Claudio Monteverdi, ‘Lamento della Ninfa’

Acantilado, 2017 | Claudio Monteverdi, “The Nymph’s Lament”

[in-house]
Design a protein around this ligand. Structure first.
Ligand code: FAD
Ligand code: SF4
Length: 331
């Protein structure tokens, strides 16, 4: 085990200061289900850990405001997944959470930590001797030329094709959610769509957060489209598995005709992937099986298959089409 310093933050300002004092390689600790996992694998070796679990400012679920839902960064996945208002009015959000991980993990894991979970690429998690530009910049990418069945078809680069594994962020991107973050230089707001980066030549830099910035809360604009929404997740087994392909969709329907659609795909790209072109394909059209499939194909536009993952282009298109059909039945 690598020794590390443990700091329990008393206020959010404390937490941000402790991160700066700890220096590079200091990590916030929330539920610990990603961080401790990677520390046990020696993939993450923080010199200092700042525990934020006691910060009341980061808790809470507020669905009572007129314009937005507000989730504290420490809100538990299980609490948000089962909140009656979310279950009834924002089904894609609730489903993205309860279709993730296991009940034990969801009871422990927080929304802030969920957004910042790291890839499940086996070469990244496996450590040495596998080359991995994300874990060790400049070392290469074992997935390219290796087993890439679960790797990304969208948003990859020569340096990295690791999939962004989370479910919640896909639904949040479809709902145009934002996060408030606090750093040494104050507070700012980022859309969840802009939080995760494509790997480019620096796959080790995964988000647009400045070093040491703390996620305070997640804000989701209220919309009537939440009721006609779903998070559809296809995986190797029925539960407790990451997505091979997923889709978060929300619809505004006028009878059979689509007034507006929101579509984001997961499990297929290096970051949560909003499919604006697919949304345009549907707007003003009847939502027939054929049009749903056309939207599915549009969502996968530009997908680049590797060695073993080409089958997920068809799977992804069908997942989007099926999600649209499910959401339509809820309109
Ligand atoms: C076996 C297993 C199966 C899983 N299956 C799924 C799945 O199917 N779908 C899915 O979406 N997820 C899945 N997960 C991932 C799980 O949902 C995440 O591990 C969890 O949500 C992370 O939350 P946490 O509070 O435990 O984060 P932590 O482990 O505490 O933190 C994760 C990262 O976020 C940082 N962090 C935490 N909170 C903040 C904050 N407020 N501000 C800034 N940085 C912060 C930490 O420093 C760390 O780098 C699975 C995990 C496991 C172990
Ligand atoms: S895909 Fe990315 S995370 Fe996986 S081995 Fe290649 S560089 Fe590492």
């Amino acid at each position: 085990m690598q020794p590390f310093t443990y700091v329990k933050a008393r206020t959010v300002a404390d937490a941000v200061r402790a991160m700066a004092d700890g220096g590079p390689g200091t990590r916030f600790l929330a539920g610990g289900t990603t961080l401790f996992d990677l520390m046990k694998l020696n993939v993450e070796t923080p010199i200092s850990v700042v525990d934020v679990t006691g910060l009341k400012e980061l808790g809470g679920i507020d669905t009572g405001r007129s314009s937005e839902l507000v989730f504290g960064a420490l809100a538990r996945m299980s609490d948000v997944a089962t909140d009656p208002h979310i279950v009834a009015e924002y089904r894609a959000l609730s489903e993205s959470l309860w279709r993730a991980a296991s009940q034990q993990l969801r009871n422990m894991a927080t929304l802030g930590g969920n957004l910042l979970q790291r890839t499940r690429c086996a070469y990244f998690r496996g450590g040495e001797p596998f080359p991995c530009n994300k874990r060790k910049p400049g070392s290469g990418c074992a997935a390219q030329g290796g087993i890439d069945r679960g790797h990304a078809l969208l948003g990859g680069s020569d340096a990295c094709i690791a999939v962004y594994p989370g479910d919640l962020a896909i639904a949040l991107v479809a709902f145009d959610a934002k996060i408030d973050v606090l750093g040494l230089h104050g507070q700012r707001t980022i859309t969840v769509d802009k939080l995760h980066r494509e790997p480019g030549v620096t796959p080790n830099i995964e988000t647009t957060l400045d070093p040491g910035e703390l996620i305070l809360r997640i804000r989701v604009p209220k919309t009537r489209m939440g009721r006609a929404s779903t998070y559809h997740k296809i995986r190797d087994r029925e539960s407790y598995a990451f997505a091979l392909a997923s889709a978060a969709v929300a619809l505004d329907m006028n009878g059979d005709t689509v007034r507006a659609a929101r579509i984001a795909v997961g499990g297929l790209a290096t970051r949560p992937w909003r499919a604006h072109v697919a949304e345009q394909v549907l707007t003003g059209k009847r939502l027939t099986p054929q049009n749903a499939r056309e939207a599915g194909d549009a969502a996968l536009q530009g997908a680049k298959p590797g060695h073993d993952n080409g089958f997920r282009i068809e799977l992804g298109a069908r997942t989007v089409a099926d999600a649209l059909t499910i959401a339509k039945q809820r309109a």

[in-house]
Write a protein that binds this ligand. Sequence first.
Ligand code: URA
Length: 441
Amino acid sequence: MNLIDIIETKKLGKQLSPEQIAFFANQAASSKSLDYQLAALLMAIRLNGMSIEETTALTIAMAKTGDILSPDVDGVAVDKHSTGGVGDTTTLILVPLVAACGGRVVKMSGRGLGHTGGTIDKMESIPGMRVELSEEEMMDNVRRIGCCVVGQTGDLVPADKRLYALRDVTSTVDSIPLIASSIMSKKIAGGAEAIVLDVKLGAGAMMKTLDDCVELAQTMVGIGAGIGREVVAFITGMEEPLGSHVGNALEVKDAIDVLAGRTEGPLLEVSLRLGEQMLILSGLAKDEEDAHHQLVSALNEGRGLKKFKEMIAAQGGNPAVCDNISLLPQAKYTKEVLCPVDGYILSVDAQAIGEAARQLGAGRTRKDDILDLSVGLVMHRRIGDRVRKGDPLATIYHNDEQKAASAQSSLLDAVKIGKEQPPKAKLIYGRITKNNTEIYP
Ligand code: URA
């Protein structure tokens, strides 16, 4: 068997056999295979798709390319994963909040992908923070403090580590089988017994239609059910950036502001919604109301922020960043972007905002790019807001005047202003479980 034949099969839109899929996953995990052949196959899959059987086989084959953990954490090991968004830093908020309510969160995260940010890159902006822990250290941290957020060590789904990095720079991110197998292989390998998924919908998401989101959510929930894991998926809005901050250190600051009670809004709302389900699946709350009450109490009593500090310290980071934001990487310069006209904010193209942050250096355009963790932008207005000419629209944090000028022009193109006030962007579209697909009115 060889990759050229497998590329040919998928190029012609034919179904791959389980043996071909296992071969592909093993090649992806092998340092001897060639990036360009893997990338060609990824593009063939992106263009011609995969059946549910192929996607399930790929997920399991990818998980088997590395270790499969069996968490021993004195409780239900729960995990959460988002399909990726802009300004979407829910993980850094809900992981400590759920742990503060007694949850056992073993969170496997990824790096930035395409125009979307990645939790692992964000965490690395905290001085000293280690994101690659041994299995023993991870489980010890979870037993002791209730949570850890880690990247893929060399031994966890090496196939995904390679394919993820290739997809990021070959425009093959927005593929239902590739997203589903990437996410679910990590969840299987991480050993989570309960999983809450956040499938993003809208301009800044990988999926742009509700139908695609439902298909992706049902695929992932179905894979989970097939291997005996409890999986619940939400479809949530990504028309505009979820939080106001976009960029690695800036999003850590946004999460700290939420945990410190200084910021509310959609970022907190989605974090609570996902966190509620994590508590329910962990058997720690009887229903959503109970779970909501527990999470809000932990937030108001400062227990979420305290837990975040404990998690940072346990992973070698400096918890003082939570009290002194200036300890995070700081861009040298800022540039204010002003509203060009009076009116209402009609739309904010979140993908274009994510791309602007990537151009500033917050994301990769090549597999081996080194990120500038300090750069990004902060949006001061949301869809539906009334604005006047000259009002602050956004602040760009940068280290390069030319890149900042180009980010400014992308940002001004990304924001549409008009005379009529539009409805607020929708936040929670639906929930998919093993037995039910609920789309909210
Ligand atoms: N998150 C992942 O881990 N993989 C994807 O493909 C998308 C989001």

(Claudio Monteverdi, “The Nymph’s Lament”)  The nymphs, daughters of Zeus and Themis, live “in the fountain where the froth first rises, in the gleam as the water gushes forth, in the water’s reflection where the foliage lets a shaft of sunlight penetrate. They bathe downstream, leaving patterns in their wake. […] They sing, play instruments and dance. They have no wish to be seen, and yet, hidden and lurking behind thickets, the eyes of gods and men crave a sighting. They are loved and, only occasionally, they love.” Leafing through Rinuccini’s Poesie, Claudio Monteverdi was struck by the canzonetta that would, to our great fortune, later become The Nymph’s Lament: a piece of singular beauty, delicate and unforgettable. Only a musician as transgressive as Monteverdi, who aspired to match melody and feeling and so bring forth what had hitherto remained unheard, could give voice to the anguish of creatures who live between two worlds, yet without ever fully belonging to either. Drawing on art, literature and music, this delightful work explores the backdrop to that magical encounter between the Italian maestro and his nymph: an unparalleled homage to the love of beauty.